Henry, the Gentleman.

Honestly, I've never met a more delightful human being than this little guy right here. He is the perfect blend of silly, happy, and opinionated. The only way we can get him dressed most Sunday mornings is with a cookie in his hand, and you know what? I can't blame him. The other day I was cutting up some vegetables for dinner and I hear from the living room...H, I, J, K, LemmoP...all the way to Z. I looked in at him and he just smiled back at me while he played with his cars, and I asked him to please sing it again for me, and of course he wouldn't. But I heard it! All 26 letters, give or take an M and N, he knows his alphabet. I'm calling it, at 26 months. Another achievement I want to log here is he can count to 10 and we are working so hard on his colors but he just doesn't care to learn them. With Henry, he will hardly ever willfully repeat something you ask him to, but when you least expect it, he'll demonstrate his knowledge. On the way home from church this past Sunday, I heard him singing from his stroller Twinkle Twinkle Little Star. And when he finished, he clapped and said YAAAY! And I need to capture this on video because it's too funny, but every time he hears a song with a good beat, he smiles and looks at me and starts bobbing his head up and down and swaying side to side. It's a really good dance that I can't see improving too much over time. It's the perfect dude dance.

Jan 31, 2014

Getting to know Highgate // Waterlow Park

The first month we spent in London was near the financial district (Barbican), and I knew I had to take advantage of being in a prime exploration location. We took full advantage - trips to museums, historical sites, cathedrals, markets, restaurants, etc. You name it, we did our best to get there. Now that we are officially North Londoners, and on that pesky black Northern Line on the tube that can sometimes be a little temperamental, we are now shifting our focus to exploring North London. And I'm ecstatic about it.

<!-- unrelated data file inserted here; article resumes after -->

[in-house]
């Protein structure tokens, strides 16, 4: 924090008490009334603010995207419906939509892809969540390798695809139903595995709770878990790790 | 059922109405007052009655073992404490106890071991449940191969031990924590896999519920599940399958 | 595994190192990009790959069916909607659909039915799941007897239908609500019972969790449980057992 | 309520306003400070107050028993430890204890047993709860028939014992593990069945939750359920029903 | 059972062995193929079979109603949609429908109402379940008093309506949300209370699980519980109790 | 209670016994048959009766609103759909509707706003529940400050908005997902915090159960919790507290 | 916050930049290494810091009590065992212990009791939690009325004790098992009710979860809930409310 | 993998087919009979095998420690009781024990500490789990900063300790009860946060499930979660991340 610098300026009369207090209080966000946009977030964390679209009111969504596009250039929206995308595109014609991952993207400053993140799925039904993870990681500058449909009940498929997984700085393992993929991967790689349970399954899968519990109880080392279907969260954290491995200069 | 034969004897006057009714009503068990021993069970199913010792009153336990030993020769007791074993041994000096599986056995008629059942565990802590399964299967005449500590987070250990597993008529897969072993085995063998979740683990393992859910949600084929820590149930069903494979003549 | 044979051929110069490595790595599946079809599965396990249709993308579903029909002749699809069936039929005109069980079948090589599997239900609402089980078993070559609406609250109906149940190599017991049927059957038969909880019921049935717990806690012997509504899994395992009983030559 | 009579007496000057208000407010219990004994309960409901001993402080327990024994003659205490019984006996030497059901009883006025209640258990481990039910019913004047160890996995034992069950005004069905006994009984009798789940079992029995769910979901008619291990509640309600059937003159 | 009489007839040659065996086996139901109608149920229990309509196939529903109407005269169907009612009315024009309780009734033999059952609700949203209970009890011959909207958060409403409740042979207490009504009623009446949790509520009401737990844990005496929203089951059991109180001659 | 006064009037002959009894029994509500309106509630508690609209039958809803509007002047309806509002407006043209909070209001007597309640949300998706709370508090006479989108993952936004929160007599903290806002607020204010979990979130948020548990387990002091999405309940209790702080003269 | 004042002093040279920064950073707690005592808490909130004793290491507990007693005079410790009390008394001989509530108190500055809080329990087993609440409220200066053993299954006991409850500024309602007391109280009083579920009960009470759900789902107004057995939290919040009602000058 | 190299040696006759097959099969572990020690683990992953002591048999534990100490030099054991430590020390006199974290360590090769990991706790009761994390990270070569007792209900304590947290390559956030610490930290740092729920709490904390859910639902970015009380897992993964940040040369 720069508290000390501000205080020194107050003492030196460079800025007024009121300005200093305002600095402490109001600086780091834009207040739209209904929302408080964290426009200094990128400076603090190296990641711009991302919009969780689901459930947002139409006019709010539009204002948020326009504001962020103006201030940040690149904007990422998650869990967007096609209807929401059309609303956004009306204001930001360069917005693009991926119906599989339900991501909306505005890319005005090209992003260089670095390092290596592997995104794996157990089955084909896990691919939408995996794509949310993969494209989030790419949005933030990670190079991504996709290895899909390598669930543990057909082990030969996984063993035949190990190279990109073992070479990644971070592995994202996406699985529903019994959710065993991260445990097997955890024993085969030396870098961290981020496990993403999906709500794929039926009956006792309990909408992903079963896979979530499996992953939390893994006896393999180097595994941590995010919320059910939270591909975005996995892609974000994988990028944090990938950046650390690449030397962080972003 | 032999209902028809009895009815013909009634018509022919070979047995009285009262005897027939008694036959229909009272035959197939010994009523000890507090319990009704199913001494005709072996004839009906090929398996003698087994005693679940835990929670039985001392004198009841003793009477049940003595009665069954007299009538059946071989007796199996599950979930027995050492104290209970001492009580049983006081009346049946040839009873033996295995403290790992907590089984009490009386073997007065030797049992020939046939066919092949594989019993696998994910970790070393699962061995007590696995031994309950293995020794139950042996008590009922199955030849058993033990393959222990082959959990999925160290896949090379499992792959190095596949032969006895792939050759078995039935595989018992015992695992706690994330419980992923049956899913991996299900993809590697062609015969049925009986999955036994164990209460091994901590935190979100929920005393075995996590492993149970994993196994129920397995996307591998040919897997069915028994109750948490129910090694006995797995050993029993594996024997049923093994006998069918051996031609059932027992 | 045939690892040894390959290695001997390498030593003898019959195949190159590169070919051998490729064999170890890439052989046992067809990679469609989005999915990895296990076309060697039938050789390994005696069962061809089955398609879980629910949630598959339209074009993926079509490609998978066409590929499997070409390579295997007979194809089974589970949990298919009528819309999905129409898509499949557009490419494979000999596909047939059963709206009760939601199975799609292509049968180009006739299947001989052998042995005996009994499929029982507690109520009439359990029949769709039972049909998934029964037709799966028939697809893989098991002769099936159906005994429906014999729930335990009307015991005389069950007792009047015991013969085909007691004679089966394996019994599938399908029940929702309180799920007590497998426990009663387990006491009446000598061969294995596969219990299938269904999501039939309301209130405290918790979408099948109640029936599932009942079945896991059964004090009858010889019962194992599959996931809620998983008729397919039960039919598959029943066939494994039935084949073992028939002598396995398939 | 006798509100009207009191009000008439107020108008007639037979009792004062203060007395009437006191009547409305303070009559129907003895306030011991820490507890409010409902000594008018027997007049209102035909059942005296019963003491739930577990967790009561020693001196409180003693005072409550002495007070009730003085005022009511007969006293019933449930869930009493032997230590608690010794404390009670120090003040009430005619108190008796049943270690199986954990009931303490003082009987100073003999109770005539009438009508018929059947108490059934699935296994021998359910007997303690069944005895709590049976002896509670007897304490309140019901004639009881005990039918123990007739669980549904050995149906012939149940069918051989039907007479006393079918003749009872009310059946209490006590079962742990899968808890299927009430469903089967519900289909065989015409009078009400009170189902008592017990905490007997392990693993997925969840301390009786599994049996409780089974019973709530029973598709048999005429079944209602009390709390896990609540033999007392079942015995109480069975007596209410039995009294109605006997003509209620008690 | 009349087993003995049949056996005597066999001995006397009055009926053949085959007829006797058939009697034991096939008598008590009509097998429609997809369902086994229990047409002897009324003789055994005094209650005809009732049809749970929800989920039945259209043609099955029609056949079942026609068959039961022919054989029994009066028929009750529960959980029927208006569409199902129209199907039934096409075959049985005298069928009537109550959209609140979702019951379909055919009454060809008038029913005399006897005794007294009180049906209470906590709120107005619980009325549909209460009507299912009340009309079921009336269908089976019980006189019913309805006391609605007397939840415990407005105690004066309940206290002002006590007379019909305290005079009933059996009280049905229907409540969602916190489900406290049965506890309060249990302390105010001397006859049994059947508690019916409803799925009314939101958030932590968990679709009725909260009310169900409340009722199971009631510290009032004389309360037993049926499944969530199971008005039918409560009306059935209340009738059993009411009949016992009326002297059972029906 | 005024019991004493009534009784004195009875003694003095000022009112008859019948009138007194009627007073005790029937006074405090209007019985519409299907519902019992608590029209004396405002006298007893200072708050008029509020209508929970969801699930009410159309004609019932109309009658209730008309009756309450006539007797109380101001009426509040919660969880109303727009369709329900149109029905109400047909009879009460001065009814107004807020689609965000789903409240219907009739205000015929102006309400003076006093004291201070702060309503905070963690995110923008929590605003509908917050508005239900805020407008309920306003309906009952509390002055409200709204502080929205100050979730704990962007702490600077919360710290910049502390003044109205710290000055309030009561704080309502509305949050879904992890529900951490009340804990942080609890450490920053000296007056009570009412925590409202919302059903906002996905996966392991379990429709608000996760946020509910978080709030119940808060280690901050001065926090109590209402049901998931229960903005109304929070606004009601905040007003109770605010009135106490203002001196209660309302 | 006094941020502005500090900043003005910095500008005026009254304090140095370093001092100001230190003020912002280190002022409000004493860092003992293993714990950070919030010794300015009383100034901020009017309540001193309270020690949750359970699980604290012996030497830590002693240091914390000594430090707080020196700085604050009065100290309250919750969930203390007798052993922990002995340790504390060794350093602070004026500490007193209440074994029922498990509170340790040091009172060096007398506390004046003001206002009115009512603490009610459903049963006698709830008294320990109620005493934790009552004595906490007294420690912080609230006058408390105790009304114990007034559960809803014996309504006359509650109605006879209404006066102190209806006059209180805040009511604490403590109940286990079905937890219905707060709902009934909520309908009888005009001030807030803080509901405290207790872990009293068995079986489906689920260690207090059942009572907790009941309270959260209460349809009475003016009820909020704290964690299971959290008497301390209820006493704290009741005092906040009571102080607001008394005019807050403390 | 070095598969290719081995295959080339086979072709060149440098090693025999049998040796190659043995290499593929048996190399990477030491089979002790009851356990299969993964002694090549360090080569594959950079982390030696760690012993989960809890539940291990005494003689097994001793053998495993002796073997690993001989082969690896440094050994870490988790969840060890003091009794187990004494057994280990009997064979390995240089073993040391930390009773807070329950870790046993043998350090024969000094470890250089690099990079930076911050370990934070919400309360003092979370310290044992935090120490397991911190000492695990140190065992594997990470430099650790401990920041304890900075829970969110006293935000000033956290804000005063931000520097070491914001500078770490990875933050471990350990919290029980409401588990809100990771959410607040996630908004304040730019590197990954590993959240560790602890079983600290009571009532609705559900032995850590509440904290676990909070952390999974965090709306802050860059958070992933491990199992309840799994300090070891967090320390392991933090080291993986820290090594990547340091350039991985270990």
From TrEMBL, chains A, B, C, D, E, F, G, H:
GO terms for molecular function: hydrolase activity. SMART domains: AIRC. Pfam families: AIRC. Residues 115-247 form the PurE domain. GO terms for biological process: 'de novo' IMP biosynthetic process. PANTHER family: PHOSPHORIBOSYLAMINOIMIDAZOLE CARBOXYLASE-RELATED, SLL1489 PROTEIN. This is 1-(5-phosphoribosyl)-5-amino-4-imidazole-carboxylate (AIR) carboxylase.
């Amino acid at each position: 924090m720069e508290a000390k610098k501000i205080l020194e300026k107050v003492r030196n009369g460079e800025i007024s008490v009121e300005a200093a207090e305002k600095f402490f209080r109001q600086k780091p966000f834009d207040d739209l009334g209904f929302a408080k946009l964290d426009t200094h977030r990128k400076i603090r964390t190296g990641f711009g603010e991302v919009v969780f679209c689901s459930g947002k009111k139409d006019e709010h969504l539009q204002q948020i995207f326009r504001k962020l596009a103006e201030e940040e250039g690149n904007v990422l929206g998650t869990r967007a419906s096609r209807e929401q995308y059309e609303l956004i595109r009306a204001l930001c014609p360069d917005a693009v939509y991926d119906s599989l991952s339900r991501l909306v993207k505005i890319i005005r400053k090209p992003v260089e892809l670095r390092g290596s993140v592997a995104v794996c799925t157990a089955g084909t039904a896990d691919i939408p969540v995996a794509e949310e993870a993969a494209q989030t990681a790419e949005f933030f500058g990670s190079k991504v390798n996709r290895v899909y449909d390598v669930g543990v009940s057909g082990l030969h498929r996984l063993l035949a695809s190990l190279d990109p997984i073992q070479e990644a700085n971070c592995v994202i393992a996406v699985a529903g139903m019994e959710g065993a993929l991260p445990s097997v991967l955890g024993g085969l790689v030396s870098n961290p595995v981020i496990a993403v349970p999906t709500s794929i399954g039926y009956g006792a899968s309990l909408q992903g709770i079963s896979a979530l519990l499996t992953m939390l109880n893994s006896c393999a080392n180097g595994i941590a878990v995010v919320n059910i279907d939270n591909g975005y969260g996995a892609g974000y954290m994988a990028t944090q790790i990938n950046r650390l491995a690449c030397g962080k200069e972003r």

One of the great things about Highgate is the parks! Within a mile of our flat we have our choice of 4 really great parks. The first one we found, is one of the sweetest little parks - Waterlow Park. Equal parts manicured to wild, there is no shortage of beauty and good people watching here. About a 10 minute walk from our house, we like to hit the playground first for some swings and merry go round action. There's a small playground (with swings for King Hen), a nice cafe with indoor and outdoor seating, some fountains and even a sundial. Lots of dogs playing fetch and that sort of thing. It's a really lovely spot. We go there a couple times a week.

I'll be posting about the other Highgate parks over the next month, and some other topics about how we're transitioning from DC to London, if you're interested. It was hard to find much information about what Highgate offered besides green space, so I hope this might give some insight into what it's like to live the expat family life in Highgate.

Jan 30, 2014

The view from 2014.

With hindsight being 20/20 and all, I really screwed up that last half of 2013. I let fear, anxiety, and unfamiliarity eat me alive and reduce me to a shell of myself. Moving is stressful, and moving to a new country without knowing anyone or anything really did a number on me. Six weeks back at home, letting others help me through life for a bit, revisiting my childhood and bits of my previous life in DC, really gave me something I was lacking: perspective.